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Does higher education expansion enhance productivity?

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  • Yao, Yao

Abstract

This paper studies the impact of the higher education expansion in China on average labor productivity. I argue that in an economy such as China’s, where allocation distortions widely exist, educational policy affects labor productivity not only through its effect on human capital stock, but also through its effect on human capital allocation across sectors. Thus, its impact could be limited if misallocation becomes more severe following the policy. I build a two-sector general equilibrium model with policy distortions favoring the state sector and overlapping generations of heterogeneous households making educational and occupational choices. Quantitative results show that, given policy distortions, China’s higher education expansion had a small but negative effect on its average labor productivity (–2.5%). The crowding out of productive capital caused by magnified resource misallocation plays a key role in driving down productivity. However, the productivity effect of the educational policy would turn positive if distortions were further reduced or removed.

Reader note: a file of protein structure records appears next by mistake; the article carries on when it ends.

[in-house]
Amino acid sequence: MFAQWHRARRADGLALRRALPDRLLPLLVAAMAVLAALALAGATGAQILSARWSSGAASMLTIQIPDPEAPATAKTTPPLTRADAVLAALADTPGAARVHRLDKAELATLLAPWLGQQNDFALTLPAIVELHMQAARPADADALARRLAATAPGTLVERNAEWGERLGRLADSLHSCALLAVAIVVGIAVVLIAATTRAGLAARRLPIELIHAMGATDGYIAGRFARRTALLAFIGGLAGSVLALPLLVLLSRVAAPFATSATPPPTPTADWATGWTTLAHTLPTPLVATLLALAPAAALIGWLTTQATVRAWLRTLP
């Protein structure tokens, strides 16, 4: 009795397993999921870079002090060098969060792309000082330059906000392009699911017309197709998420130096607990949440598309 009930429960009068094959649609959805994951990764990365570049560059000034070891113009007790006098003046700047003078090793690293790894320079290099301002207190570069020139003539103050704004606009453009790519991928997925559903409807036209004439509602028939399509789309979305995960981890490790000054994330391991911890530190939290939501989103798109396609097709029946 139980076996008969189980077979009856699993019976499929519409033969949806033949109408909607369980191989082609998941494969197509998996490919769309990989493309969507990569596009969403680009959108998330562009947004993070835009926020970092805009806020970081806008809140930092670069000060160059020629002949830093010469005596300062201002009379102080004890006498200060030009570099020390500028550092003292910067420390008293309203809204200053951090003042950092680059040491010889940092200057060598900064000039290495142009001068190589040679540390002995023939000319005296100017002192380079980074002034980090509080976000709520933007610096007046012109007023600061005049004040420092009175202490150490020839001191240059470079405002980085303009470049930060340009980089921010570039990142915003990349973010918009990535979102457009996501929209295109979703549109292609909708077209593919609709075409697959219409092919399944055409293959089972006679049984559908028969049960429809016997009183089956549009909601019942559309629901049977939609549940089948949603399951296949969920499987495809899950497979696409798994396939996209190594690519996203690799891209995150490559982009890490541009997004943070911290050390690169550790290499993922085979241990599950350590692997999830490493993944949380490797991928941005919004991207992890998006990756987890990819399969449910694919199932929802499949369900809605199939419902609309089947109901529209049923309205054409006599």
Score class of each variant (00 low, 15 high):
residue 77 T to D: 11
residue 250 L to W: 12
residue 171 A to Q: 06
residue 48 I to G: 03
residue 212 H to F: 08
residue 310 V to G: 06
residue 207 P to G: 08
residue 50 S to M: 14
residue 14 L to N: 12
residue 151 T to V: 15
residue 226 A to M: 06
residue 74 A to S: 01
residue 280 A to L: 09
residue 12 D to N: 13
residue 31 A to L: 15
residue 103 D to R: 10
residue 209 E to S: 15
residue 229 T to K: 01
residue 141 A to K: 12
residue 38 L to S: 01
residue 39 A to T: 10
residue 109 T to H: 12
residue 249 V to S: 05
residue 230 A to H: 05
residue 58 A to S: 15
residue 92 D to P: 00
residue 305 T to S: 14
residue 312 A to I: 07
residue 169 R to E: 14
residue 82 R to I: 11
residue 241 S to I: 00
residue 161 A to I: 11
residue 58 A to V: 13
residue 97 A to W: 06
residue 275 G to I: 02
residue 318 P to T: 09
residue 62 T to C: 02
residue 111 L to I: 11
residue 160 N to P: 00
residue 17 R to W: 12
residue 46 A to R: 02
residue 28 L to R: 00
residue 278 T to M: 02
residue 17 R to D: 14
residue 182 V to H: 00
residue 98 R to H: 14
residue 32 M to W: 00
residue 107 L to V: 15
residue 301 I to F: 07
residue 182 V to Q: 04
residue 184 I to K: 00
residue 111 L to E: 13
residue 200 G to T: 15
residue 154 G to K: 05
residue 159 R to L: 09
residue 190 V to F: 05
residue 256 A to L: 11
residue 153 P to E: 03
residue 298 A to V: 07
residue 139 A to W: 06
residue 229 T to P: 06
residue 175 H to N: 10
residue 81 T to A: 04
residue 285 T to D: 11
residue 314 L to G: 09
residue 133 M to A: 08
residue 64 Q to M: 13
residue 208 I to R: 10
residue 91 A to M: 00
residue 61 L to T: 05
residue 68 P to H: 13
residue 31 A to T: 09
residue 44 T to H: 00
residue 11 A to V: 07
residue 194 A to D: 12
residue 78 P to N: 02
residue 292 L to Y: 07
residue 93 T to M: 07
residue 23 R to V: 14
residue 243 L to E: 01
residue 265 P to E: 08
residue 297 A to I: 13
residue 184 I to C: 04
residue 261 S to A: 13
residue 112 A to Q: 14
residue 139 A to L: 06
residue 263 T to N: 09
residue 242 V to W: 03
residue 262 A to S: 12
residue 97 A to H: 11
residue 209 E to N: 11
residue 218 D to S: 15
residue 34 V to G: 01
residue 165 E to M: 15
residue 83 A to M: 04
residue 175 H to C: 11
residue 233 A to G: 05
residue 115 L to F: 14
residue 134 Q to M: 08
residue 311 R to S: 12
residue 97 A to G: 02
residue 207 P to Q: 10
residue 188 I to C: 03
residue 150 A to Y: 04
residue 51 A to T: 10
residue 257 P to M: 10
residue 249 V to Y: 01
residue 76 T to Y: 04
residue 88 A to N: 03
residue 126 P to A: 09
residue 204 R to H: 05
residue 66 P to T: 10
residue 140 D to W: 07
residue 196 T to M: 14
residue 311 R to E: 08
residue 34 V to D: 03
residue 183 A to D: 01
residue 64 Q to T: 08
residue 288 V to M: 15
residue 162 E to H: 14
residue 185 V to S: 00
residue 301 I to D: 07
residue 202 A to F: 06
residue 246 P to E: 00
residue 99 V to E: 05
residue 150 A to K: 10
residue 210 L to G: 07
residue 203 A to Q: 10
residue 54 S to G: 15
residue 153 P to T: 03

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  • Yao, Yao, 2019. "Does higher education expansion enhance productivity?," Journal of Macroeconomics, Elsevier, vol. 59(C), pages 169-194.
  • Handle: RePEc:eee:jmacro:v:59:y:2019:i:c:p:169-194
    DOI: 10.1016/j.jmacro.2018.11.009
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    More about this item

    Keywords

    Higher education expansion; Economic reform; Human capital; Allocation distortion; Productivity;
    All these keywords.

    JEL classification:

    • I25 - Health, Education, and Welfare - - Education - - - Education and Economic Development
    • I28 - Health, Education, and Welfare - - Education - - - Government Policy
    • O11 - Economic Development, Innovation, Technological Change, and Growth - - Economic Development - - - Macroeconomic Analyses of Economic Development
    • O41 - Economic Development, Innovation, Technological Change, and Growth - - Economic Growth and Aggregate Productivity - - - One, Two, and Multisector Growth Models

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